Parenting may be a profession – and certainly is, in my view – but there are no guarantees, no cap and gown after years of study. No diploma. No certification. Just a physician handing over a squalling little creature that owns your heart. And then it’s off to the races, figuring it out as you go!
Oh, sure – we all manage. And we have predictors we rely upon, like family dynamics, our ethical and other belief systems, financial status, and access to quality education. We assess our chances at getting it more or less right. “Gut feel” kicks in when we need it, like an integrated GPS. And we observe our children; when they’re happy, curious, developing and learning, we feel like we’ve got it under control.
Then everything changes. We maneuver until our new parenting approach settles in. Then things change again. And we adjust, as many times as we must, with each new stage.
But not to worry – we have experts and guidebooks, nosy neighbors with ill-timed advice, and other parents with useful tips. We have our own childhoods to fall back on in terms of what to do and not to do. We mix in what we’ve learned on our rocky roads through life thus far, and we muddle along. But let’s be real. We parent without a safety net, and each child is a unique excursion through the adventure.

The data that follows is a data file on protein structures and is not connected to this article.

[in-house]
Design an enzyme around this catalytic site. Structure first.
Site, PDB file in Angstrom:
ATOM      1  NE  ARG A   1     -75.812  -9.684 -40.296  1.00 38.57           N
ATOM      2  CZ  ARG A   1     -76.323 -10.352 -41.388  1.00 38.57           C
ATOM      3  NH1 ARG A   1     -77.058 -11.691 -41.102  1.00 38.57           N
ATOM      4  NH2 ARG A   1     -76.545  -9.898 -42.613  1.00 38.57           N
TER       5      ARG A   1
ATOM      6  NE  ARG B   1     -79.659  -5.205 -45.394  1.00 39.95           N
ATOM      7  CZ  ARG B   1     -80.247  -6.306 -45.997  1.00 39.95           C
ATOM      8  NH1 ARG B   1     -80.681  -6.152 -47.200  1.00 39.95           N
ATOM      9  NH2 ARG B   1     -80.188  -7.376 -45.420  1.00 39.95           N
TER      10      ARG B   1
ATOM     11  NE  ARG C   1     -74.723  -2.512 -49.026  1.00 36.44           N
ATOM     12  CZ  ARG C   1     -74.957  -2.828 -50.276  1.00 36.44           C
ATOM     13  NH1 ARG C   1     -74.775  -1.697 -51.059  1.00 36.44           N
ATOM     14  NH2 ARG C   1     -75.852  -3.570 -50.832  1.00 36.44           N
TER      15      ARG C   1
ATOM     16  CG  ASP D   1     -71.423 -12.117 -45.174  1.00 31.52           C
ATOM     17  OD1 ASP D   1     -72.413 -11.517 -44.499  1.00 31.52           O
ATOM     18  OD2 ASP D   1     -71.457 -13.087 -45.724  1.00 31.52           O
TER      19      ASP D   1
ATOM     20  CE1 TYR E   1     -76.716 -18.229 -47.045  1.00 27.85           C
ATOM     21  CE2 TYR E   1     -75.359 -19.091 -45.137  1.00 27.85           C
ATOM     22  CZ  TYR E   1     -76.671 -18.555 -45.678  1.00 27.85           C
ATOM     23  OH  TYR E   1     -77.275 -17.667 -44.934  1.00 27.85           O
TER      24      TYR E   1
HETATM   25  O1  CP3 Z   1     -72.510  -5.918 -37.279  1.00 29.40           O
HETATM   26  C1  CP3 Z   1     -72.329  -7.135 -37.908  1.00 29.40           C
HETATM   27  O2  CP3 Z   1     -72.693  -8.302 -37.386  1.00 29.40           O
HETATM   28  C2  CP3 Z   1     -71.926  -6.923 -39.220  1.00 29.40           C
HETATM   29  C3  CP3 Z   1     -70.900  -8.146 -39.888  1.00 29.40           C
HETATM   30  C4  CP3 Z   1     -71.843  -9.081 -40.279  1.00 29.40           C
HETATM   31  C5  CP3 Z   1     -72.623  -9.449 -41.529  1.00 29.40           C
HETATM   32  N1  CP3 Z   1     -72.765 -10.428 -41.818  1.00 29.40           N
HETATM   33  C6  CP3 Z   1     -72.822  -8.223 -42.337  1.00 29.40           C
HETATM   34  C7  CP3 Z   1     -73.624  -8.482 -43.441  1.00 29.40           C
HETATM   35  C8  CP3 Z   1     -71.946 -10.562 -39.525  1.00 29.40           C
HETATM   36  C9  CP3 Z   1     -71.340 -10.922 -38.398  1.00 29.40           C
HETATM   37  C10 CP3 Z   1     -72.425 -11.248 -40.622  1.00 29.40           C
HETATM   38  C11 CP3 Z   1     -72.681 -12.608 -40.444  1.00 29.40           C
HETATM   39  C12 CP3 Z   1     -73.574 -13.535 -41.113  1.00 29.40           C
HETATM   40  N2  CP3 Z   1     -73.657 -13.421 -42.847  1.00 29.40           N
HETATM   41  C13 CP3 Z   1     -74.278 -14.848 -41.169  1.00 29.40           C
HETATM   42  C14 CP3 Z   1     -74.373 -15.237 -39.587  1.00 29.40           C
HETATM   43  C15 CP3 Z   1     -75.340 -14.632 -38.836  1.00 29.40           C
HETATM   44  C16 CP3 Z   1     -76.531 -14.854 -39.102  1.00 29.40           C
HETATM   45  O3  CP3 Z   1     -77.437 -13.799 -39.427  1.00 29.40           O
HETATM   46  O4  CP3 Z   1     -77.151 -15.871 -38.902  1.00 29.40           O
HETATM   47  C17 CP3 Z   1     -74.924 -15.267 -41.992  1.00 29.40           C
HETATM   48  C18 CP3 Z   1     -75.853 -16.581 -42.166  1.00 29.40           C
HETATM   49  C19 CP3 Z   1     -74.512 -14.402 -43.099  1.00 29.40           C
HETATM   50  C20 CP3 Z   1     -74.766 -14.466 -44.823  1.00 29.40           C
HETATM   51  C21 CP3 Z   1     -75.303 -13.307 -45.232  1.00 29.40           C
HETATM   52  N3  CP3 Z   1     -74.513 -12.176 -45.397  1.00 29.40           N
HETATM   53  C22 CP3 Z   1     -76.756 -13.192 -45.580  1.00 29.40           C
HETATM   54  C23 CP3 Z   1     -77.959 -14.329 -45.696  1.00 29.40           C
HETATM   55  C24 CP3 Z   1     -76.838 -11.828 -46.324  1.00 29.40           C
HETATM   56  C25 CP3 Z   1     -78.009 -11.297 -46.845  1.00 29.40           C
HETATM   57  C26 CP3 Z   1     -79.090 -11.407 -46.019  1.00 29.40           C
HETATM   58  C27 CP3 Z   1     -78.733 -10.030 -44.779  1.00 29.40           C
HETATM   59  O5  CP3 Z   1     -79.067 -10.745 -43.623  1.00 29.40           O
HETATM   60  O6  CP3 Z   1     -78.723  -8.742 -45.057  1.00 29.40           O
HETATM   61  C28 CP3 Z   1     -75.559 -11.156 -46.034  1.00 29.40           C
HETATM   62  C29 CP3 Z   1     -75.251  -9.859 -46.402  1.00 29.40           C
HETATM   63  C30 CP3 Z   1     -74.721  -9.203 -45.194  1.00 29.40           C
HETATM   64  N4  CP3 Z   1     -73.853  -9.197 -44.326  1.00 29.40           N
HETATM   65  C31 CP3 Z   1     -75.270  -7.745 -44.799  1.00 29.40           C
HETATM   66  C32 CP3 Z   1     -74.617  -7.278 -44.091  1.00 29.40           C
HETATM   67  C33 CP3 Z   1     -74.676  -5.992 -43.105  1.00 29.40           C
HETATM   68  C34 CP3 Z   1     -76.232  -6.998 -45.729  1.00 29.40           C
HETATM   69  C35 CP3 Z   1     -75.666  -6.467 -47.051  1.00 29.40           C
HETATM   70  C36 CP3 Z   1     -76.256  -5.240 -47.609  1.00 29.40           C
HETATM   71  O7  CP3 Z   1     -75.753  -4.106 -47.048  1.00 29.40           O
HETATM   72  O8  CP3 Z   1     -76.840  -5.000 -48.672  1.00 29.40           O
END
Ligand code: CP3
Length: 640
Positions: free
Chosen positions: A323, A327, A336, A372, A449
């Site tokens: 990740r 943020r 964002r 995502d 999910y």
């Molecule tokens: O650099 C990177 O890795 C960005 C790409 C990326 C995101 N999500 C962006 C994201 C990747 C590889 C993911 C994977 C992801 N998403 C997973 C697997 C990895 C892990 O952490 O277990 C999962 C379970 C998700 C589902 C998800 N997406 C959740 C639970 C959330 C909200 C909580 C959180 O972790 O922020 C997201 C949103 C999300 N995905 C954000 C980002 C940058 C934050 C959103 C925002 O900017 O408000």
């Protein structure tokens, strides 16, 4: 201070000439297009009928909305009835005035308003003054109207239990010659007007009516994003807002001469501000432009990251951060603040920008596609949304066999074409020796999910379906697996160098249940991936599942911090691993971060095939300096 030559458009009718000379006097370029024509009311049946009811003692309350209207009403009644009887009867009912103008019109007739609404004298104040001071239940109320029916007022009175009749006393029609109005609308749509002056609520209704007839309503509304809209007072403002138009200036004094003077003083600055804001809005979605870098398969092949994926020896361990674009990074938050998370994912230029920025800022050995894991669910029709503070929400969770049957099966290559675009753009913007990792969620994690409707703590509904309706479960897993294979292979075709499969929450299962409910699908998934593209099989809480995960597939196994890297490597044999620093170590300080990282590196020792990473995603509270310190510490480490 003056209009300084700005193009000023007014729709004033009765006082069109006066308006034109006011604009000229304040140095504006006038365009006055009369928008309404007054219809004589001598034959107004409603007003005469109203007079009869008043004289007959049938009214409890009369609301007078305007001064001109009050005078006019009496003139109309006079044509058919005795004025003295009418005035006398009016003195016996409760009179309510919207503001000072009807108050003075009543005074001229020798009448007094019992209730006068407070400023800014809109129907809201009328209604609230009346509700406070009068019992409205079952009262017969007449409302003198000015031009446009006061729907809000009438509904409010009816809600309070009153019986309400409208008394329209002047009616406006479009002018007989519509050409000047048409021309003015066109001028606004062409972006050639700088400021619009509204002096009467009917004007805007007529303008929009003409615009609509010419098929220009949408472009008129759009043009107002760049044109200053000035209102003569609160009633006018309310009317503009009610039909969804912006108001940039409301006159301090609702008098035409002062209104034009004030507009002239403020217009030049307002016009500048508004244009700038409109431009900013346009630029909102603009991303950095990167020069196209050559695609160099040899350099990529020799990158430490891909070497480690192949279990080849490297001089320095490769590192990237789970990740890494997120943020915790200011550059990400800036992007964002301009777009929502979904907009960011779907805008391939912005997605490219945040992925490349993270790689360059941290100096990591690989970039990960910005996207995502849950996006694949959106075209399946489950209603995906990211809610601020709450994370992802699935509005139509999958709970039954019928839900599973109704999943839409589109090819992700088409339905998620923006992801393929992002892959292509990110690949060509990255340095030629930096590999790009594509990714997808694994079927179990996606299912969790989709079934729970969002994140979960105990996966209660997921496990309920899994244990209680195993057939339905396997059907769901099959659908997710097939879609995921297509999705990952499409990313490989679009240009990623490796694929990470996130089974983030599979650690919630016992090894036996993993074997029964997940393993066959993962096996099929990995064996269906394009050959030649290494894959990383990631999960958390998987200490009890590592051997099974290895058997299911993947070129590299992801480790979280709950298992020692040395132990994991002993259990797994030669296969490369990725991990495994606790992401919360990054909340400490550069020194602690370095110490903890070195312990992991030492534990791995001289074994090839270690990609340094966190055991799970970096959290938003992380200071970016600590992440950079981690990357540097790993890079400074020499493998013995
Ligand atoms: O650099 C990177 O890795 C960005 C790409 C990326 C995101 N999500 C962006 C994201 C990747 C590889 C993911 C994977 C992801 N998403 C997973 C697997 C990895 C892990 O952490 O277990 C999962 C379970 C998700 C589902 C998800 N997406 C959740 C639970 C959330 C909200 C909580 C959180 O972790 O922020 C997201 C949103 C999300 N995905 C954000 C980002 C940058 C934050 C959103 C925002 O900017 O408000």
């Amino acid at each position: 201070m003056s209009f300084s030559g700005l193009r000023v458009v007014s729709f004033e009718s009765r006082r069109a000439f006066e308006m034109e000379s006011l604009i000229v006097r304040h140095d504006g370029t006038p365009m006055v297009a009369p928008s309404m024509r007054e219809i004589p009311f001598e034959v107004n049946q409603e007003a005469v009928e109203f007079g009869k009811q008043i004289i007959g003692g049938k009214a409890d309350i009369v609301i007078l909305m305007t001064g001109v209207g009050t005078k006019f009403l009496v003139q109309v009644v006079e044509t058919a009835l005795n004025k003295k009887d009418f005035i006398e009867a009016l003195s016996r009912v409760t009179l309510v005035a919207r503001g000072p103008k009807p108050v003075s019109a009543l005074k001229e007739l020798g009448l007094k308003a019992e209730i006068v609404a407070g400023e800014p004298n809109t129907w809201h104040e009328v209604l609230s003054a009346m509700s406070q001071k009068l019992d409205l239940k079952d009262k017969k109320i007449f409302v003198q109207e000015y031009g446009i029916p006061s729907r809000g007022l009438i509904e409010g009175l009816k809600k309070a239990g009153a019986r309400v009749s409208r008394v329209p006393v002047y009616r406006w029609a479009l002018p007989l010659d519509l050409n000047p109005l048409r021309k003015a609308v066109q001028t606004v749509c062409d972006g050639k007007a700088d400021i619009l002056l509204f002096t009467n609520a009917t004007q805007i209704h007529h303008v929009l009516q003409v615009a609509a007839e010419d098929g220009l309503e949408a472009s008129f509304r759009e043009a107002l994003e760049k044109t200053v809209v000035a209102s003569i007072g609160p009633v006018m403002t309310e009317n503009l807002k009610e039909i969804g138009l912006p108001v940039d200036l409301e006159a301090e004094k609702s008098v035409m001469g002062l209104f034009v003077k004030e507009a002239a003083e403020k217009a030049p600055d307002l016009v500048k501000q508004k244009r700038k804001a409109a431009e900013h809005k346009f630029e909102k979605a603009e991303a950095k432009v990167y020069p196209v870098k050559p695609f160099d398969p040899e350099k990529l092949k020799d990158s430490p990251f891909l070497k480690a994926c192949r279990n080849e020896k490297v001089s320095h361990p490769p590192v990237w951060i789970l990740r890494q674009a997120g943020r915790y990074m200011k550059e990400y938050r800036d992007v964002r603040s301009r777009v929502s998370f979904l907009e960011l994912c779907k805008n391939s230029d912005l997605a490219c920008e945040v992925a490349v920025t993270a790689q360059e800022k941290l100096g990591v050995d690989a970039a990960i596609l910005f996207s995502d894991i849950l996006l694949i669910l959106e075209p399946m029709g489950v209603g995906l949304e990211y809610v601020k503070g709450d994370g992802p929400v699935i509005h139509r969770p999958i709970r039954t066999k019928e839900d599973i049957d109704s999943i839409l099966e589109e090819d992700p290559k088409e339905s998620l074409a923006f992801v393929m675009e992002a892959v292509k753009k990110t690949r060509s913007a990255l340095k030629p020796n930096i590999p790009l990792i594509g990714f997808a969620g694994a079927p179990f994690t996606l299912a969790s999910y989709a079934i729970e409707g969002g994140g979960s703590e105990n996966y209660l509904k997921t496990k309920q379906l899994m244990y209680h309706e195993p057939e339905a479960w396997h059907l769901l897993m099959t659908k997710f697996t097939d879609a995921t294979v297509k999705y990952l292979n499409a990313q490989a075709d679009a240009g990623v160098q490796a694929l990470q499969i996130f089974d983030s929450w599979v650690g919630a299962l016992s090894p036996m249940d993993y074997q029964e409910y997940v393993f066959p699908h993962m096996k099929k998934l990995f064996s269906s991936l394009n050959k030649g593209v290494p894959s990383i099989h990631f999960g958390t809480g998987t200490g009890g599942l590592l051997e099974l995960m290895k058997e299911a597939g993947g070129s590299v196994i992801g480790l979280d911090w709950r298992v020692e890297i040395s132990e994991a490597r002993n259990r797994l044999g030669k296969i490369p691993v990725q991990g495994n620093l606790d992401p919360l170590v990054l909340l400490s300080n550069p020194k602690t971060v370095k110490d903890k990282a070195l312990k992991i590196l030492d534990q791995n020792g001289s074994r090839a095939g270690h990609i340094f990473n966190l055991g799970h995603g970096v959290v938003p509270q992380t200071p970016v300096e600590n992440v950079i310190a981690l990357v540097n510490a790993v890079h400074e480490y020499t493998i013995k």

Welcome to adolescence!
By the time we hit the teen years, we’re war weary, even under the best of circumstances. We have few answers, and we know it. But there’s good news in the loss of our rosy view and the rawness of our commotion. We seem to be more adept at learning as we go, and we learn new lessons with each child.
Then there is the undeniable: we love them. We pull out all the stops, along with the occasional rabbit from the proverbial hat. We do our best, and in adolescence that frequently isn’t about saying yes; rather, it is about saying no. Remarkably, we’re more nimble than we ever imagined. And we need to be.